Thrice / Poison the Well / Vaux - live in Providence (Cover Artwork)
Staff Pick

Thrice / Poison the Well / Vaux

live in Providence (2004)

live show

This show was basically one surprise after the other.

When I walked in, local act Verse was already in the middle of their set. I'd already seen the semi-melodic hardcore outfit play at the All About Records Fest last month and wasn't thrilled then, so I didn't expect much there. Maybe it was the acoustics of the venue or something, but they actually sounded really good, inexplicably together, and definitely energized.

Soon after, Moments in Grace took the stage to bore me for the next twenty-five minutes. Previous to this, I had heard the Brian McTernan-produced EP from the band and wasn't impressed by meandering, boring emo rock. Although their performance here was a little better, it was still far from wholly good or original.

Now, I still haven't heard a single song outside of a live set by them, but after seeing them for the second time, I can certify one thing: Vaux fucking rip. The band was incredibly energetic, and the singer stormed the stage in all directions, getting the crowd up and moving. The spotlights created this ironic arena rock feel while the band's crowd interaction was still there, and the fog machine smogging the general area. The only song titles I caught were "Do It For Sixty" and "Shot in the Back," the last two off their only full-length.

Poison the Well had never done anything for me. At all. The only previous debt of gratitude I ever owed them was that the first time I saw them live was the same day I discovered Rise Against. It was just one white ball of noise, nothing more then...but last night, they actually weren't bad. Even though the growling seems a bit forced, the double-bass is cool and the set flowed well. I actually heard the melody in the music and things were set up well for the headliners.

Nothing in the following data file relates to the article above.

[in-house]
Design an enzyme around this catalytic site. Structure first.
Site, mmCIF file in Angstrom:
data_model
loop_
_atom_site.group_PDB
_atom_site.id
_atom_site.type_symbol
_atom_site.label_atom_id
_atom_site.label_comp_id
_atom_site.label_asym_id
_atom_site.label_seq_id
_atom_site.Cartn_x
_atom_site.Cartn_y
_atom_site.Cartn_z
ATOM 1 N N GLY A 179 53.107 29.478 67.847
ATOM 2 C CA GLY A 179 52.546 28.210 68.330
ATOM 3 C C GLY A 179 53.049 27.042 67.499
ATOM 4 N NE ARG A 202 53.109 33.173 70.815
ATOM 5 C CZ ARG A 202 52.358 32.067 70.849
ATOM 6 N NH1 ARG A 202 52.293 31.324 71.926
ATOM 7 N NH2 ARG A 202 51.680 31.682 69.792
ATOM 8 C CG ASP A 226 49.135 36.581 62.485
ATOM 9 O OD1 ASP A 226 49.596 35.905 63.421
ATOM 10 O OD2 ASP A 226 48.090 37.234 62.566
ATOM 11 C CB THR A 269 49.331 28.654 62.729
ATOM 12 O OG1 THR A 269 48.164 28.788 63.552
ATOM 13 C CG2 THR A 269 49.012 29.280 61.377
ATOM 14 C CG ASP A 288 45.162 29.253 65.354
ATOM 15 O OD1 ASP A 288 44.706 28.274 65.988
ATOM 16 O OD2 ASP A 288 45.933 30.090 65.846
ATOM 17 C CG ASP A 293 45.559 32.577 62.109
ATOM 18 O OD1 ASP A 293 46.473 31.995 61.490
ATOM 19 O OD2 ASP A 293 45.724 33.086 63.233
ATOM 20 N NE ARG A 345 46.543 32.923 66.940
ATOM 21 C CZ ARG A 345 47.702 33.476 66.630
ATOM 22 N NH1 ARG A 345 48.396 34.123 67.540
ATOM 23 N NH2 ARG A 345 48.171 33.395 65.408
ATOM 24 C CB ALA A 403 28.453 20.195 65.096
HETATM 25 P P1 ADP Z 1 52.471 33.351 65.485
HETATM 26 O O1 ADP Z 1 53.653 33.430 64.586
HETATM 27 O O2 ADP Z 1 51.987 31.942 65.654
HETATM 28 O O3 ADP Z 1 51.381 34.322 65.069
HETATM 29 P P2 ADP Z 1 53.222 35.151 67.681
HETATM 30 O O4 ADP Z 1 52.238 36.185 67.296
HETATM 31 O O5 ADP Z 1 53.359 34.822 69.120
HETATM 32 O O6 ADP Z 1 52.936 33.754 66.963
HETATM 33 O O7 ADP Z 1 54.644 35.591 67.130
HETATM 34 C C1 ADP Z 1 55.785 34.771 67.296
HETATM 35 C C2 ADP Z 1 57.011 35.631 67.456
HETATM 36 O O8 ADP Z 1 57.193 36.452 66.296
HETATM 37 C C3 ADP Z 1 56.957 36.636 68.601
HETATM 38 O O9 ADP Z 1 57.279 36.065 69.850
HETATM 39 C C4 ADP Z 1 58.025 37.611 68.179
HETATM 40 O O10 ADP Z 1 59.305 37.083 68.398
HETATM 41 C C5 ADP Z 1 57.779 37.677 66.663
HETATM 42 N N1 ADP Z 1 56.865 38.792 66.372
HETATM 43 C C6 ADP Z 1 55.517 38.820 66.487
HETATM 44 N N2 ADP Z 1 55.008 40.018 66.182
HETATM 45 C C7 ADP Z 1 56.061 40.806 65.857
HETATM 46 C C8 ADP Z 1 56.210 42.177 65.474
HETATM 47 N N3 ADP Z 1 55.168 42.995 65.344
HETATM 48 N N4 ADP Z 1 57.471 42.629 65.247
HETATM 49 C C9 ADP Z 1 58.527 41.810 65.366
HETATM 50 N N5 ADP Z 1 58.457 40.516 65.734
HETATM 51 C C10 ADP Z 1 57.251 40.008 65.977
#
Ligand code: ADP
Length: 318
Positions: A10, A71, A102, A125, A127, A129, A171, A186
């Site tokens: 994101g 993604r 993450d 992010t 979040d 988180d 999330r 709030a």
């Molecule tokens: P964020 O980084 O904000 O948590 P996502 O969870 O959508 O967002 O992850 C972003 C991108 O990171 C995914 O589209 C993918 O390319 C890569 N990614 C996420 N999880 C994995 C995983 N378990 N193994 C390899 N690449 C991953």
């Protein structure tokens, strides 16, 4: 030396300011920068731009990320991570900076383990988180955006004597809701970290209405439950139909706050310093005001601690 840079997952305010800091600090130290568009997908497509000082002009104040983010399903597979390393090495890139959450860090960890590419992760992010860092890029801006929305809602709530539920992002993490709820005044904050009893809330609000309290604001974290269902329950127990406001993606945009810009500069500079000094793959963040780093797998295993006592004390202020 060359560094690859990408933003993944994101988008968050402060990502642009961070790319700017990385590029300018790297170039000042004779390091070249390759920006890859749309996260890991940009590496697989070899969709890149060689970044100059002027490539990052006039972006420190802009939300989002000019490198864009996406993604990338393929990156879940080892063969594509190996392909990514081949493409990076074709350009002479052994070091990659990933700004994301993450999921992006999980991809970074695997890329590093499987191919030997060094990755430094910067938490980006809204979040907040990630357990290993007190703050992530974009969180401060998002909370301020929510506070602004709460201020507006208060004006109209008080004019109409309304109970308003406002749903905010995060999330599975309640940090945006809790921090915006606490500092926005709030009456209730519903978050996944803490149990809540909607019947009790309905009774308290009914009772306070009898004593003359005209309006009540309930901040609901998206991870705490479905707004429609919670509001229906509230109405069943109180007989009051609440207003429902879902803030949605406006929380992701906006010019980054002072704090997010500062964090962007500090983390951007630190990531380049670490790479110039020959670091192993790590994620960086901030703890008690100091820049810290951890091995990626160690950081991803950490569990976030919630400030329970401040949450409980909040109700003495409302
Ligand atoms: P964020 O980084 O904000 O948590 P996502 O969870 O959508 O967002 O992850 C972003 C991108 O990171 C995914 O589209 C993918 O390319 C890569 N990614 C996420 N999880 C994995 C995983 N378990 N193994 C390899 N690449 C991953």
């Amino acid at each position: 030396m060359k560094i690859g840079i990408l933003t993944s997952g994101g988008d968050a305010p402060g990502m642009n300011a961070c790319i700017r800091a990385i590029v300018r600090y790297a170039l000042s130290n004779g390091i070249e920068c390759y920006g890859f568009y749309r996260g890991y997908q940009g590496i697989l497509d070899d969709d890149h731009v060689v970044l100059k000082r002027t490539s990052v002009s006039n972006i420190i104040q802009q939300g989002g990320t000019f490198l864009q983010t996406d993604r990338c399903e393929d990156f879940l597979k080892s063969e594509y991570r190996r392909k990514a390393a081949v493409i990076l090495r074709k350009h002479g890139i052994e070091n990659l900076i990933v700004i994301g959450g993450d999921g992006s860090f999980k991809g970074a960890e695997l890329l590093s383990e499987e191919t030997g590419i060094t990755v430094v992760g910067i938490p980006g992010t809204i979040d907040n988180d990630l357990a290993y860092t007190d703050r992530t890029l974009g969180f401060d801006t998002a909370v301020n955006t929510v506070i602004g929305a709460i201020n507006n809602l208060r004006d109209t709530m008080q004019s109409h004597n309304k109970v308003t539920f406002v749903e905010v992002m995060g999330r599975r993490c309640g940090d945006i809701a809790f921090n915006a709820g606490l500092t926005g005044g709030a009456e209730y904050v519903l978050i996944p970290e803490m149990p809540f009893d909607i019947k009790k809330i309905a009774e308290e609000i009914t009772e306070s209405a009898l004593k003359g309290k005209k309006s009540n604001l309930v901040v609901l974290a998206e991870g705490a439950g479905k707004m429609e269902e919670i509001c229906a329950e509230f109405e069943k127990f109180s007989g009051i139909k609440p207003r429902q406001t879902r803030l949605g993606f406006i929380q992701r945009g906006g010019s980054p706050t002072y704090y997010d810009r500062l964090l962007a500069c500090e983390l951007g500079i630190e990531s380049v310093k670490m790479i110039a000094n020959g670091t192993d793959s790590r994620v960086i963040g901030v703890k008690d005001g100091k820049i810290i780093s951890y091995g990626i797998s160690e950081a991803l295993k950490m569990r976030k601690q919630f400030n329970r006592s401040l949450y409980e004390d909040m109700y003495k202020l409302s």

Explaining just how Thrice played is difficult. Their chosen set list was the most fucked up order and choice I've seen a band choose, and not in a "well, at least they're not doing things people expect them to do" way. Instead of choosing a typical fast song to open things up ("Kill Me Quickly", anyone?), they started with "Silhouette." Well, okay, I guess it's a good midtempo rock tune to start out with; when they followed up with "Under a Killing Moon," it made a little more sense. They then moved to two songs off Illusion of Safety, "Kill Me Quickly" and what I remember as "Betrayal is a Symptom." A few people in the crowd nearly shit themselves when "Phoenix Ignition" was played next, with Dustin standing near the barricade leading the chant of the bridge. Unfortunately, that was the only song they played off Identity Crisis - which, frankly, is unadulterated horseshit. I know bands have hangups with playing old songs, but, it disappointed me a bit when Dustin said "that's probably one of the last times we play that." One song they played I'd never heard before, and Dustin was mumbling too incomprehensibly beforewards for me to find out what it was. It had growling verses and a melodic chorus, and a lyric along the lines of "we make these weapons" that sounded fairly political. They also played "Hideous Strength," their older Hopeless comp contribution, with Teppei's solo right on. Although they blatantly fucked up a few times during the set (notably the bridge of "Deadbolt" and the bridge-to-breakdown transition of "See You in the Shallows") it was the tightest I've seen them out of three times (please hold all obvious jokes until the end). "Stare at the Sun" got the reaction I expected it would. Their fake closer was "Cold Cash and Colder Hearts," and they came back out to play "Don't Tell and We Won't Ask" and officially closed with "To Awake and Avenge the Dead" as Dustin's voice started to go hoarse. The encore was strangely surprising considering they ended up letting their set sit void of "All That's Left" (good song, but I'm not complaining).